The emotional and financial toll of living with a chronic disease can be devastating. This list of tips can help with managing the financial impact of a chronic illness on an individual or family.
According to the CDC, six in ten Americans experience a chronic illness like heart disease, cancer, or diabetes.1 These chronic illnesses may require frequent treatments, close monitoring, and often costly medications. So how do you manage your illness while, at the same time, keeping an eye on your future financial health? Here are a couple of quick tips.
1. Share your illness with your financial professional.
Speak openly with your financial professional so they can help you understand what products can help you manage your expenses. There’s a lot you can do today, such as budgeting for day-to-day expenses, taking advantage of health care savings accounts using pre-tax dollars, purchasing disability coverage (if it is not offered by your employer), as well as long-term care insurance.
2. Keep track of your claims, coverage, and costs.
In addition to understanding what your health insurance covers and what it does not, you should also track your out-of-pocket expenses like deductibles, co-pays, coinsurance, and non-formulary prescription drug costs. Discuss your health care costs with your financial professional. You may want to simplify your record keeping and consolidate accounts to help you readily view a snapshot of your finances. In addition, make sure a close friend or family member can access your information in case you are ill.
3. Review your investment strategy.
You may need to update your investment strategy since your risk tolerance and income needs may change if your illness progresses. For instance, you may need more liquidity to manage short-term needs, like new medication, treatment/therapy, or modifications to your home.
If you are young and have a condition that is manageable for the long-term, you may want a more aggressive strategy to make the most of your time horizon. You’ll also want to consider how long you may be able to work. If you anticipate you may need to retire early, take a long-term absence, or reduce your hours, factor those events into your overall plan.
4. Create an estate plan
An estate plan can provide peace of mind for someone with a chronic illness. Not only does it help you plan for how you want your assets settled, but it also allows you to make decisions about your medical care, finances, and care of dependents if you become too ill to make your preferences known.
Your estate planning should include creating a living will that makes specific decisions about your medical care. You should also consider giving power of attorney to someone you trust so that he or she can manage household details like paying bills and filing taxes if you become temporarily incapacitated.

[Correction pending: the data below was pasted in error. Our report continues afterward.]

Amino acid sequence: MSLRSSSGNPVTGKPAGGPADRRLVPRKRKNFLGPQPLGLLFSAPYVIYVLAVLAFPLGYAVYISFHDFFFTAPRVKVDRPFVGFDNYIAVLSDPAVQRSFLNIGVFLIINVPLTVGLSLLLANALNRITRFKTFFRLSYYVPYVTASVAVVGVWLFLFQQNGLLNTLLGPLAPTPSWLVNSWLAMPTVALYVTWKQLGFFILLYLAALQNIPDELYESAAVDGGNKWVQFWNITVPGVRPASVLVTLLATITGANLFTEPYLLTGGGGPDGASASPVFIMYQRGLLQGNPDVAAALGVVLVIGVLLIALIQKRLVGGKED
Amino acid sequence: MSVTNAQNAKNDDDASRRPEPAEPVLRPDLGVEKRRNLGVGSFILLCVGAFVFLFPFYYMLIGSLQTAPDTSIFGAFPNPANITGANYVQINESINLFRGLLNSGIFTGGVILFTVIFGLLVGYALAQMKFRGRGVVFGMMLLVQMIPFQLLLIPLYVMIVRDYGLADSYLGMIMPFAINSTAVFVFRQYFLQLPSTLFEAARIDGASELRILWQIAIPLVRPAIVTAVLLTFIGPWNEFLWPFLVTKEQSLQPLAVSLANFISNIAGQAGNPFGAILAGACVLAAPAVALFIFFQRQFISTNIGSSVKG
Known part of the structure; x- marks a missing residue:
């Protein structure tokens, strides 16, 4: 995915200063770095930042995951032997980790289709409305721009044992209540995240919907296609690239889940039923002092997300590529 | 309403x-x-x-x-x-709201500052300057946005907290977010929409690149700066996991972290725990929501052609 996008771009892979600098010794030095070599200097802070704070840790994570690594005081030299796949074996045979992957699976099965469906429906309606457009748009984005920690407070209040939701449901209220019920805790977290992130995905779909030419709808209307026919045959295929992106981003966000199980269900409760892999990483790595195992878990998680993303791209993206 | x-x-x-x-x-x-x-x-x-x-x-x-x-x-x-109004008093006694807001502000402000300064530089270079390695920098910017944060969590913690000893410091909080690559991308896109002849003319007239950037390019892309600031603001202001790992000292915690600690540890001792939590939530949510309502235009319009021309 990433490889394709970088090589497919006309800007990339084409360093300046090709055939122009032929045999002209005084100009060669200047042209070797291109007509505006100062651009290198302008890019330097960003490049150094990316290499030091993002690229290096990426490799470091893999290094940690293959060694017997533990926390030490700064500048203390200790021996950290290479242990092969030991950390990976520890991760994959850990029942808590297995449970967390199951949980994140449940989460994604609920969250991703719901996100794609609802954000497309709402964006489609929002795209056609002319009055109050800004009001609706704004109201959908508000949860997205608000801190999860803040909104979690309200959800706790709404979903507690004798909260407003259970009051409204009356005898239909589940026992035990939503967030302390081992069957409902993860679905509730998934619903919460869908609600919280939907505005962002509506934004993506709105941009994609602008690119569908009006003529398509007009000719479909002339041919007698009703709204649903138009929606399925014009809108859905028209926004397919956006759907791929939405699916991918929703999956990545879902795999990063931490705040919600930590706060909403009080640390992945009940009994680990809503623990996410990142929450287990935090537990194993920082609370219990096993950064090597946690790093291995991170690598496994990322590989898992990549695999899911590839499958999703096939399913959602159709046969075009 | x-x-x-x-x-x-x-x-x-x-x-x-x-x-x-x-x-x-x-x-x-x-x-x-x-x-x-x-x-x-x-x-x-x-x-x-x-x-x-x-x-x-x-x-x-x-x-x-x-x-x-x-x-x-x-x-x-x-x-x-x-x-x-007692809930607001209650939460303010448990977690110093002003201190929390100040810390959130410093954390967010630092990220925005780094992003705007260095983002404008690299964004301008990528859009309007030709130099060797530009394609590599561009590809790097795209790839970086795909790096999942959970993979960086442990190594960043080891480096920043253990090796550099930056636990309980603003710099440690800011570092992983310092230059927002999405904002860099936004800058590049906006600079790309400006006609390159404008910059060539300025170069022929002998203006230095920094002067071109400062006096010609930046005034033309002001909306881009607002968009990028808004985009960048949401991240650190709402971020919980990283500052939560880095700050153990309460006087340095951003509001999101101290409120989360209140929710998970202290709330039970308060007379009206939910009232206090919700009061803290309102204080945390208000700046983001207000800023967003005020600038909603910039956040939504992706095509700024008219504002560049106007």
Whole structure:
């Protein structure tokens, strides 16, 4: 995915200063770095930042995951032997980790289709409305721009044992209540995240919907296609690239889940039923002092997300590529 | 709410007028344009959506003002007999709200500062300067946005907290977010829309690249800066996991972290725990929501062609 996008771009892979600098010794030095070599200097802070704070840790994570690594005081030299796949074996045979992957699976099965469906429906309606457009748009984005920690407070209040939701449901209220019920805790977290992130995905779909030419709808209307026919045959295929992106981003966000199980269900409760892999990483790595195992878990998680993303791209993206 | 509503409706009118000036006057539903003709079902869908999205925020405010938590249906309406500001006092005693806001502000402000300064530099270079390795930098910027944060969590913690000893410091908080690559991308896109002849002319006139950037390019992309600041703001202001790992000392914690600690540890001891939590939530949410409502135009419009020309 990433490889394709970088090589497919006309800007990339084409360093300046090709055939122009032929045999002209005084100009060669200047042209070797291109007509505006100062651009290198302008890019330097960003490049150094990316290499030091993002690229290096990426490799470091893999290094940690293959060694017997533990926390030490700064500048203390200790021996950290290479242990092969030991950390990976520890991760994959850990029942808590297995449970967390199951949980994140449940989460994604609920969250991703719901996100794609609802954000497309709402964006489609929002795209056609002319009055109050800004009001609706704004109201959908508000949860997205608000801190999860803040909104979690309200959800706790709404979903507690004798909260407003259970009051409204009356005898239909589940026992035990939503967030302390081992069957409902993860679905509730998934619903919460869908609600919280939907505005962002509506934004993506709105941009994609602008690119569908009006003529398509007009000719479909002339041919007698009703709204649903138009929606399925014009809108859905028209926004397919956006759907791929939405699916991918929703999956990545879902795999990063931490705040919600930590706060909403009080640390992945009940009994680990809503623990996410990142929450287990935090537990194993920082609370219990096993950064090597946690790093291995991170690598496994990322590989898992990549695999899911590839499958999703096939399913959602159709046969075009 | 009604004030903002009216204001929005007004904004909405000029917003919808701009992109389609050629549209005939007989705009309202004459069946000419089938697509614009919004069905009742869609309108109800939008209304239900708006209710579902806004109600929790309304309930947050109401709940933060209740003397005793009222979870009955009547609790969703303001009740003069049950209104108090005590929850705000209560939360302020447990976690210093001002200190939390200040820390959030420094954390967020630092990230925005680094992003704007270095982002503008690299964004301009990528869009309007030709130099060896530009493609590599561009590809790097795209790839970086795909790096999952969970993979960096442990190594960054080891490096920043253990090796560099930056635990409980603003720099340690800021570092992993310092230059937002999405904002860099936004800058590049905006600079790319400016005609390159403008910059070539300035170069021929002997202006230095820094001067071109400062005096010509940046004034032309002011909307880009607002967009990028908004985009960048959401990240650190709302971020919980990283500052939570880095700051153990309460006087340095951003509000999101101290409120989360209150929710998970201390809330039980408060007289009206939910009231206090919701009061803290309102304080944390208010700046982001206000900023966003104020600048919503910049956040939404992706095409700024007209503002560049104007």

5. Learn how your life insurance can help.
If you have a chronic illness and own term life insurance, you may want to consider converting it to permanent life insurance so that your loved ones are protected. Depending on what type of permanent life insurance you have, you may be able to access benefits today for expenses when you become seriously ill.
Available on most Whole Life, Term Life, Universal Life, and Variable Universal Life policies issued on January 1, 1985, or later. A living benefits rider provides flexibility to access your policy’s death benefit to pay for the expenses of a terminal illness.2 If the insured becomes terminally ill with a life expectancy of 12 months or less, you can accelerate the death benefit while the insured is living to help pay for expenses associated with the illness. This rider enables you to:
This rider can be added to your policy at any time.3 The rider will enable you to convert a portion of the policy’s death benefit to cash if the insured becomes terminally ill with a life expectancy of 12 months4 or less. Requirements for accessing your policy’s death benefit:
Once the insured qualifies, you will receive a lump-sum payment, minus:
If there are any unpaid policy loans, the same percentage of the eligible accelerated death benefit will be applied to the loan balance and this amount will be subtracted from the accelerated benefit. The rider can only be exercised once and is terminated once it is exercised. Note: Exercising this rider will reduce the available cash surrender value and death benefit of this policy.
Neither New York Life nor its Agents provide personalized tax or legal advice. Please consult your legal or tax professional regarding the general concepts in this article.
2 Receipt of accelerated death benefits may affect eligibility for public assistance programs and may be taxable. You should consult your tax advisor regarding your circumstances.
3 For survivorship policies, the rider can only be added following the death of the first insured.
4 Various states have established different life expectancy periods, once terminal illness is diagnosed. Your New York Life agent/NYLIFE Securities registered representative will be able to provide you with information specific to your state should you wish to request the benefits.
5 For Variable Universal Life policies, if you accelerate less than 100% of the eligible proceeds, the remaining face amount of your policy after we pay this benefit must be at least $50,000. We do not permit any subsequent acceleration.
The policy form number for New York Life Whole Life Series of products is ICC18217-50P (4/18); New York Life Yearly Convertible Term is ICC18218-135P; New York Life Universal Life is ICC19-319-51P; New York Life Variable Universal Life Accumulator II policy form number is ICC 13313-30; Living Benefits Rider (ICC18218-498R). SMRU: 527433